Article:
A recent article in the Los Angeles Times points to “hazardous” features of a private reverse mortgage made in 1997, which is now being contested by the borrower’s heiress.
The loan, not made through the Home Equity Conversion Mortgage (HECM) program, included requirements including an annuity purchase and sharing home appreciation with the lender.
“Call it the estate-devouring, nightmare home loan you hope to never encounter: a reverse mortgage with a base interest rate of 9.95%, plus a 50% share for the lender of increases in value of the house after closing, plus a 2% “maturity fee” to sweeten the payout even more,” the article begins. “On top of that, there’s a $33,000 mandatory purchase of an annuity by the homeowner that is added to the principal balance and incurs compounding interest while lessening the lender’s future payments to the homeowner.”
The loan highlighted in the article was originated in 1997 has a current outstanding balance in excess of $1.5 million, according to estimates by the late borrower’s daughter, who says lender OneWest has stayed mum on the total amount owed.
The daughter, Sarah Havemeyer, says the amount received through the reverse mortgage from when the loan was originated to the time of her mother’s death in 2010 was only about $272,911.
OneWest’s reverse mortgage-focused subsidiary, Financial Freedom, filed for foreclosure on the home in question and is seeking the $272,911 “plus ‘interest at the rate stated’ in the mortgage along with legal and other fees,” reports the LA Times.
A “huge chunk” of that interest, however, is derived from a substantial appreciation in the home’s value from about $550,000 in 1997 to its approximate current value of about $1.8 million, the article says. The late borrower’s daughter is contesting the foreclosure filing, calling the terms of the loan “unconscionable and usurious” and in violation of state law.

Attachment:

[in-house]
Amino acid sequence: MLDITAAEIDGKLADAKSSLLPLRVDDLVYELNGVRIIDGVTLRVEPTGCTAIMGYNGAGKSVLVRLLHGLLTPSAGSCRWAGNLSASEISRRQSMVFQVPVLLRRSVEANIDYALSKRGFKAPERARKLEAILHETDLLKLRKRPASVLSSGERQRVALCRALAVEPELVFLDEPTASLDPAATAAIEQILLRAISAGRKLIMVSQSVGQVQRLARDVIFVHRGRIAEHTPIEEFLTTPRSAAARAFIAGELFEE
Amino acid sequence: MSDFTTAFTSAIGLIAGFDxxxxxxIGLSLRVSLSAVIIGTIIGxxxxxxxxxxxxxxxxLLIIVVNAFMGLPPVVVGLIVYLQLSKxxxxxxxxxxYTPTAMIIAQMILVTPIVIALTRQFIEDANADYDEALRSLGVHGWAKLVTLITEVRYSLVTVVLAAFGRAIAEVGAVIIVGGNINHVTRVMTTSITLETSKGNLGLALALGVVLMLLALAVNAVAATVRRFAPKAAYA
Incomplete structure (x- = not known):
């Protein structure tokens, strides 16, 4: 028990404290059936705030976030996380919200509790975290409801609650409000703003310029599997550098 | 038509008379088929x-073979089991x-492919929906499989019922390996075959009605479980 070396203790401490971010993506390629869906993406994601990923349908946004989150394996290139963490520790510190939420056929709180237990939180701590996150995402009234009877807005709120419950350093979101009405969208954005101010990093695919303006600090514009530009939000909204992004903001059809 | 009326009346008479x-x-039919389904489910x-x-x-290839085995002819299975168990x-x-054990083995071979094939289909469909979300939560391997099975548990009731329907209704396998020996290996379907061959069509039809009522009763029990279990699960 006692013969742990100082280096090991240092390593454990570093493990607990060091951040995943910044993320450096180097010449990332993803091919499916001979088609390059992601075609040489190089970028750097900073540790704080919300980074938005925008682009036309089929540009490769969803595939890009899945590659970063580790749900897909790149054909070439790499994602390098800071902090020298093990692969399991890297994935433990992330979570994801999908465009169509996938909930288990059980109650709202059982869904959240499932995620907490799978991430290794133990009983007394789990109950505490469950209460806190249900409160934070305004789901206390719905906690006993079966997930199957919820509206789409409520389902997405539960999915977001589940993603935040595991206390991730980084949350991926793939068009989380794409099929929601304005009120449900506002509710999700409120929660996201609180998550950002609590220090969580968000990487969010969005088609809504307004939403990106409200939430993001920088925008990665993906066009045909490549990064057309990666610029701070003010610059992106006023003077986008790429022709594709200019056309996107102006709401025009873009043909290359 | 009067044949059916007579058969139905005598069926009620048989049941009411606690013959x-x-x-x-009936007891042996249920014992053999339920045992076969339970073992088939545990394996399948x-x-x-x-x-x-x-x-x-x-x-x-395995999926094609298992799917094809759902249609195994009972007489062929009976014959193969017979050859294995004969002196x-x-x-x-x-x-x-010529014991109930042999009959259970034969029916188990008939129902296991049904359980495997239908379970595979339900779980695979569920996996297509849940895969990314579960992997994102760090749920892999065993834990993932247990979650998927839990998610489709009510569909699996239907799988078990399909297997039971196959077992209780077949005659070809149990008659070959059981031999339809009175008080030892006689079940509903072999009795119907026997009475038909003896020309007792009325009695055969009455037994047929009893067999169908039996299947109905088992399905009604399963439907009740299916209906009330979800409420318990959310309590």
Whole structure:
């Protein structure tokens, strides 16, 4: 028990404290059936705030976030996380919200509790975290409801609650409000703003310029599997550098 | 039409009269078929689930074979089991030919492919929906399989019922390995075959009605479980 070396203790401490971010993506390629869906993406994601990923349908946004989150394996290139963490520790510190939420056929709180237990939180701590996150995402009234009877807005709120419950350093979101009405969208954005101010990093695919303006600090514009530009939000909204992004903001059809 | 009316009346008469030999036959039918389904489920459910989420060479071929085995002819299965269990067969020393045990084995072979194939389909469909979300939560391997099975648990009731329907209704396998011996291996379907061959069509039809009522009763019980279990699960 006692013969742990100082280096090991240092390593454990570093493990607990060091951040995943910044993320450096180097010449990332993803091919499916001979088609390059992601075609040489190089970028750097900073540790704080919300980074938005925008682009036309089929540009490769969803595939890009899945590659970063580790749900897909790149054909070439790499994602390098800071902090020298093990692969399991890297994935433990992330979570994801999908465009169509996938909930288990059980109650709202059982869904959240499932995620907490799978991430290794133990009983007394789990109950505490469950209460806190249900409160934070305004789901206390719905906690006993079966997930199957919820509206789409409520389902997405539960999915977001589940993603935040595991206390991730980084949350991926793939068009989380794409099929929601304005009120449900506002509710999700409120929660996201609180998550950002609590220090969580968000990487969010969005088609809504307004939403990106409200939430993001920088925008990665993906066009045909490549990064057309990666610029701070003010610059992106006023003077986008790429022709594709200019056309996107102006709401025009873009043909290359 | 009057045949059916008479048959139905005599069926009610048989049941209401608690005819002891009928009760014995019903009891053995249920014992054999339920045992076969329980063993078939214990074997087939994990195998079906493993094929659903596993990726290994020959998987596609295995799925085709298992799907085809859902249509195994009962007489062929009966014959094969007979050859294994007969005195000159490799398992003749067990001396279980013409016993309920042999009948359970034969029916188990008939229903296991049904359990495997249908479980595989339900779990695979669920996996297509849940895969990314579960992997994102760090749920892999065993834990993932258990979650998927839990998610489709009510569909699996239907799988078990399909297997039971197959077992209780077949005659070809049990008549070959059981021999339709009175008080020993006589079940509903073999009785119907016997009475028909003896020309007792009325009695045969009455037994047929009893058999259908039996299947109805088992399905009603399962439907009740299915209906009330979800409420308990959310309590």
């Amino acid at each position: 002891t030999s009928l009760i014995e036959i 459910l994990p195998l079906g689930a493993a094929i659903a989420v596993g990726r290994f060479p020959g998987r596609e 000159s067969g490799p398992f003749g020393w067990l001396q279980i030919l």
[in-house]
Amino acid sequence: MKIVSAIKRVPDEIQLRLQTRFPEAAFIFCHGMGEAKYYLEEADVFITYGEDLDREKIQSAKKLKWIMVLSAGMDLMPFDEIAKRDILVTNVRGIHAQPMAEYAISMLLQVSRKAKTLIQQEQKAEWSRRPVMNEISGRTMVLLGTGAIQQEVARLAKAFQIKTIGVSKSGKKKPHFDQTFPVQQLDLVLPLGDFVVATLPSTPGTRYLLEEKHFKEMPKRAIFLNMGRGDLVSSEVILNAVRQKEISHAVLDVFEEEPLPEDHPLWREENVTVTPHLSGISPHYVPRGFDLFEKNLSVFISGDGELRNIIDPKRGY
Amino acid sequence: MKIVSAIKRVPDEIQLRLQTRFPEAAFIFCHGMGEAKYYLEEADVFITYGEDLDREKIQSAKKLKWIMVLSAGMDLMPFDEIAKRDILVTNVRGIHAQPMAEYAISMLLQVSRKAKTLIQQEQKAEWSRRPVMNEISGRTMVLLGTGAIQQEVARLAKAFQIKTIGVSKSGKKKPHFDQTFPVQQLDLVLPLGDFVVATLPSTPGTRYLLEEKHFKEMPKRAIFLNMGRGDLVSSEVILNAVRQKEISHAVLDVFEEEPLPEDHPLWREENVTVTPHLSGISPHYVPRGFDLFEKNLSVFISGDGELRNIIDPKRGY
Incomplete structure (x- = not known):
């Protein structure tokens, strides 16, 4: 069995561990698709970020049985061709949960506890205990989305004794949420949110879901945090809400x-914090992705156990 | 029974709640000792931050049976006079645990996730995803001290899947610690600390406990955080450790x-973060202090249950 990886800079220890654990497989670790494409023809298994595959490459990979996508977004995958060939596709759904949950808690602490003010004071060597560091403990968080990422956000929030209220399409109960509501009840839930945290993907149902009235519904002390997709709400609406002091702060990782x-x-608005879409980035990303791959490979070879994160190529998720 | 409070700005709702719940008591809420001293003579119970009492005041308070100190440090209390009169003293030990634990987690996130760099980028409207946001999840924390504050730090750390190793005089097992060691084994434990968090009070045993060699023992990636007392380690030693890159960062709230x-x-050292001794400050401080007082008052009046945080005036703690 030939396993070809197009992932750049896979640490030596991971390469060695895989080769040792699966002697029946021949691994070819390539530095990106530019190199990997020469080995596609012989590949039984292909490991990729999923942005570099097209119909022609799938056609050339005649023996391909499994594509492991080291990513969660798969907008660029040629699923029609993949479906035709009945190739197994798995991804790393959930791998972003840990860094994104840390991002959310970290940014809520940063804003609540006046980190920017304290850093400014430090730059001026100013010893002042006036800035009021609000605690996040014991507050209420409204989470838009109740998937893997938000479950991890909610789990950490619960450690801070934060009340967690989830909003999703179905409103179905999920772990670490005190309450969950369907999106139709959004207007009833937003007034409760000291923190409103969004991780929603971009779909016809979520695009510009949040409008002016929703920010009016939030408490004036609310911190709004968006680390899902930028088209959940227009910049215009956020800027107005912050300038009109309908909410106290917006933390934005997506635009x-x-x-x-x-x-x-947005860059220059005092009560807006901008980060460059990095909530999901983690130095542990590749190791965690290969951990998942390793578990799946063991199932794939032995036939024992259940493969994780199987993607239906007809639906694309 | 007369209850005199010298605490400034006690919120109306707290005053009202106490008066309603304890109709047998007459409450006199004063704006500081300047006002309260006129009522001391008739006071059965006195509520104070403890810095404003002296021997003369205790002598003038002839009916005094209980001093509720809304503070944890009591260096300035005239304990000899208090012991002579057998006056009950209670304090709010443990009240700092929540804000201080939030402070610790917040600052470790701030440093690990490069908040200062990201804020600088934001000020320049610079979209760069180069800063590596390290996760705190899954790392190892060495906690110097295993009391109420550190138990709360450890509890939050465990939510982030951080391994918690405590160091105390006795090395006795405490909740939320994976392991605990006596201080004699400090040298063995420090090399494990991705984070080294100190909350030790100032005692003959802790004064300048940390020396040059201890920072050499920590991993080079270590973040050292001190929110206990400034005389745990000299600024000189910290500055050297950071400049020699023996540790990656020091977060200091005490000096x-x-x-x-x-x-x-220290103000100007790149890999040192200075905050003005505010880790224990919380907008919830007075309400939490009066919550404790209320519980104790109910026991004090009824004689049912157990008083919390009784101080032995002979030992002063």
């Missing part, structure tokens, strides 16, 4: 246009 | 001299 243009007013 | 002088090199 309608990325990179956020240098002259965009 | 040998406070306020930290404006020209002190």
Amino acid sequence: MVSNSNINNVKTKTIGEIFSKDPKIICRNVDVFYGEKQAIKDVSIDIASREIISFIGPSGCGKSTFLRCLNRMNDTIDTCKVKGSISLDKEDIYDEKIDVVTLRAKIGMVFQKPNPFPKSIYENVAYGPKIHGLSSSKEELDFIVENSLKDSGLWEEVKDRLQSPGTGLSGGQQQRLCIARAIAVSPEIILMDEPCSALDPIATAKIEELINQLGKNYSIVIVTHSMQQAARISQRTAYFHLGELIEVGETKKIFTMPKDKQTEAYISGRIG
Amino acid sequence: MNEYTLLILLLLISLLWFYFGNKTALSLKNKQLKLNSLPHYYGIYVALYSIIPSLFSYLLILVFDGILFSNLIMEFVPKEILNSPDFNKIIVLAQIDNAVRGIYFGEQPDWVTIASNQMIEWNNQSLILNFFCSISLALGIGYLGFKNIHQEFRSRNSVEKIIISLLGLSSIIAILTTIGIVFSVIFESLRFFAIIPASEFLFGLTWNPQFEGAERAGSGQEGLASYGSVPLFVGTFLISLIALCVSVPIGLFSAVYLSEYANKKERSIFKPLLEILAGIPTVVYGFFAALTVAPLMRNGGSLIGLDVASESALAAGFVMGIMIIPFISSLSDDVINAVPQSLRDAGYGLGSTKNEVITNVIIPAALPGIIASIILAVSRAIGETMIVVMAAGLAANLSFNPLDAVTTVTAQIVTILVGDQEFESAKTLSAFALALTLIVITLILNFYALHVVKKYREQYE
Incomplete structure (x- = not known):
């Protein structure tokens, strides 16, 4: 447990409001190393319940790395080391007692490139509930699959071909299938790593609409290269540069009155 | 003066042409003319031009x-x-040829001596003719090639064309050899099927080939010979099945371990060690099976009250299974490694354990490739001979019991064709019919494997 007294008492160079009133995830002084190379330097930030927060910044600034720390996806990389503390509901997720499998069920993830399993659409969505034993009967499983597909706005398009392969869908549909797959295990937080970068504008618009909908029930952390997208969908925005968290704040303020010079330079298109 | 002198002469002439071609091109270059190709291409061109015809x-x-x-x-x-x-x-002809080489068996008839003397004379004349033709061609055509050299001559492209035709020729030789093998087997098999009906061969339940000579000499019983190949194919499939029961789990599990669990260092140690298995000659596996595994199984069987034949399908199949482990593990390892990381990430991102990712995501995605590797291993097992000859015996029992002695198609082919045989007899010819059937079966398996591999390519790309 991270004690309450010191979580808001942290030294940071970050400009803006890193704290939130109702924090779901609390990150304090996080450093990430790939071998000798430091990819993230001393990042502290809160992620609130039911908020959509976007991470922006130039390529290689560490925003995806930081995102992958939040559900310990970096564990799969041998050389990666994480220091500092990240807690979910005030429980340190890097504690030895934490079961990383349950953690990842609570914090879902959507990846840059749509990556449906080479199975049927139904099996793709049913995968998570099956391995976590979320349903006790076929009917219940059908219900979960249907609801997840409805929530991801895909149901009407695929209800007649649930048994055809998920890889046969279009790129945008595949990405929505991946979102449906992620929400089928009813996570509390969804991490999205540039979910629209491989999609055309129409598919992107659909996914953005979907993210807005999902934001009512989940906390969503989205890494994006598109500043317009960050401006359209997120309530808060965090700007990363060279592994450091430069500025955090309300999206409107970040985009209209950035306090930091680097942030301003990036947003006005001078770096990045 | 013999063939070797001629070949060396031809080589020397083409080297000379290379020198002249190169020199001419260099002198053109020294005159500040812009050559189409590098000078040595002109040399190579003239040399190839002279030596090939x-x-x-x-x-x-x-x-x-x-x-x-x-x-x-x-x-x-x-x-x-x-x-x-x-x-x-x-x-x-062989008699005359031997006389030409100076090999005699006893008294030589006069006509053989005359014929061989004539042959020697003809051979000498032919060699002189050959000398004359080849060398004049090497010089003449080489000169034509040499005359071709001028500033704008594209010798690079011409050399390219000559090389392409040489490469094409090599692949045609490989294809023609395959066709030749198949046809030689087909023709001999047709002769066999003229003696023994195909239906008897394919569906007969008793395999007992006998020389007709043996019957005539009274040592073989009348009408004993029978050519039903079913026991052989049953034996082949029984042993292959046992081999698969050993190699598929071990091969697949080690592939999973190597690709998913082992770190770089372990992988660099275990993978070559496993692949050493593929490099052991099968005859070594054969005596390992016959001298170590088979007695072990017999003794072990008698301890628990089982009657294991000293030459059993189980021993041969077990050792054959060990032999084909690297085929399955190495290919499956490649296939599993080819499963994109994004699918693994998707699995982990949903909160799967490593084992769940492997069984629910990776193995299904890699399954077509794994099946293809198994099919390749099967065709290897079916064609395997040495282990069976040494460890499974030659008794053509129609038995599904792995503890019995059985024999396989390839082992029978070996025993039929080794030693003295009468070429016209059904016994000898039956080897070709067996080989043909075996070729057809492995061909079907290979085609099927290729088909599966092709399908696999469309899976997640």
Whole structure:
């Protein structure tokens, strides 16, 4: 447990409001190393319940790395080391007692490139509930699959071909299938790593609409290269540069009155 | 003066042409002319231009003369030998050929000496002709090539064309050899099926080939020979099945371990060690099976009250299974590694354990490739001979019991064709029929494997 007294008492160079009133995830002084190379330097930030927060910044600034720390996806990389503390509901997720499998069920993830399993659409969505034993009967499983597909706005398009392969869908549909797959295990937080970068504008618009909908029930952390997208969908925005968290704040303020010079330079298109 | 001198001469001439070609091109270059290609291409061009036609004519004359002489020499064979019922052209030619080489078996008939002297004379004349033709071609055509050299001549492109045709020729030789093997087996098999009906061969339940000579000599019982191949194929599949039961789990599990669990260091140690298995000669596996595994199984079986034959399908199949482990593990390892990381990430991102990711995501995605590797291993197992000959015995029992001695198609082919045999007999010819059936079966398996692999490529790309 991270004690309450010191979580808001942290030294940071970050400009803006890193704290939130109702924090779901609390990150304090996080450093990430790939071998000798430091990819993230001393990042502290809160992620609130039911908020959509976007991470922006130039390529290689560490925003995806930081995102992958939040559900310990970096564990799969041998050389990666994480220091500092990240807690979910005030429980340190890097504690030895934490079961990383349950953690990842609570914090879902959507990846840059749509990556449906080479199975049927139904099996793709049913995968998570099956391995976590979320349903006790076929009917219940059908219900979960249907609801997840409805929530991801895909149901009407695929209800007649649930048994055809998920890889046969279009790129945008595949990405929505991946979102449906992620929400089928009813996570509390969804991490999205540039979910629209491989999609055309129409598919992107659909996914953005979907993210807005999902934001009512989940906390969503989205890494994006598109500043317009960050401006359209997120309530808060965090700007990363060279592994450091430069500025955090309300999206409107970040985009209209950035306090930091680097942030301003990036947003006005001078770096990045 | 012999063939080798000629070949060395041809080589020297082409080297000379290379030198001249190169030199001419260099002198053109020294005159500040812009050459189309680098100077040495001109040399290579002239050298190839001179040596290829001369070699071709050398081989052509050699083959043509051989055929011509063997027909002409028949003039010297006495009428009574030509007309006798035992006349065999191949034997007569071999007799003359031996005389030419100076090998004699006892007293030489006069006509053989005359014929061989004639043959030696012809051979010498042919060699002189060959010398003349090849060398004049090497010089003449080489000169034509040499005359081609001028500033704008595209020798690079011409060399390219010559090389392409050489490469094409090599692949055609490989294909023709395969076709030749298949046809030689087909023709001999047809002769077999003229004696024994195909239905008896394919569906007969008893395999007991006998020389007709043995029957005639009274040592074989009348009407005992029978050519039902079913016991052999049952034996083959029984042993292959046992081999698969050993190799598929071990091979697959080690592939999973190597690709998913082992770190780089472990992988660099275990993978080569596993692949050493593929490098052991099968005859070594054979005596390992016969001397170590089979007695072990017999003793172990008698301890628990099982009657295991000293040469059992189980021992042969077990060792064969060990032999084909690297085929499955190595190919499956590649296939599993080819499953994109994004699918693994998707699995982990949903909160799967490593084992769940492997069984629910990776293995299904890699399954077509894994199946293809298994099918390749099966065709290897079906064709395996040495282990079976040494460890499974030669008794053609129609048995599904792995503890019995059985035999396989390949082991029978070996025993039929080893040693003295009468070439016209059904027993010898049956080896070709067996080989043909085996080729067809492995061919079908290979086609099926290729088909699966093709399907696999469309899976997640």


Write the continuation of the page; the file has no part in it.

“How Havemeyer’s case ultimately turns out is anybody’s guess,” says the article. “But the bottom line is this: Reverse mortgages, even today’s friendlier versions that offer upfront counseling, can be hazardous to elderly borrowers’ financial health and potentially costly for their heirs.”
Reverse mortgages with terms similar to the loan in question are not the norm, however: the most common type of reverse mortgage loans are in fact HECMs, insured by the Federal Housing Administration, and they constitute more than 90% of all reverse mortgages originated in the U.S., according to a National Bureau of Economic Research report.
Greg Shearer, a reverse mortgage specialist with Senior Equity Group, based in La Canada, California, sent a letter to the LA Times editor decrying a “lack of balance” in the story:
“Over the years I have reviewed hundreds of statements of seniors in the hopes that I can secure them additional credit line or monthly tenure payments. Since 2007 I only ran across one of these types of loans. Did Mr. Harney [the article’s author] call the National Reverse Mortgage Lender Association in Washington [D.C.] and speak with anyone before writing this piece? I would imagine he would have found that less than 1% of the existing reverse mortgages were done like this.”
Written by Alyssa Gerace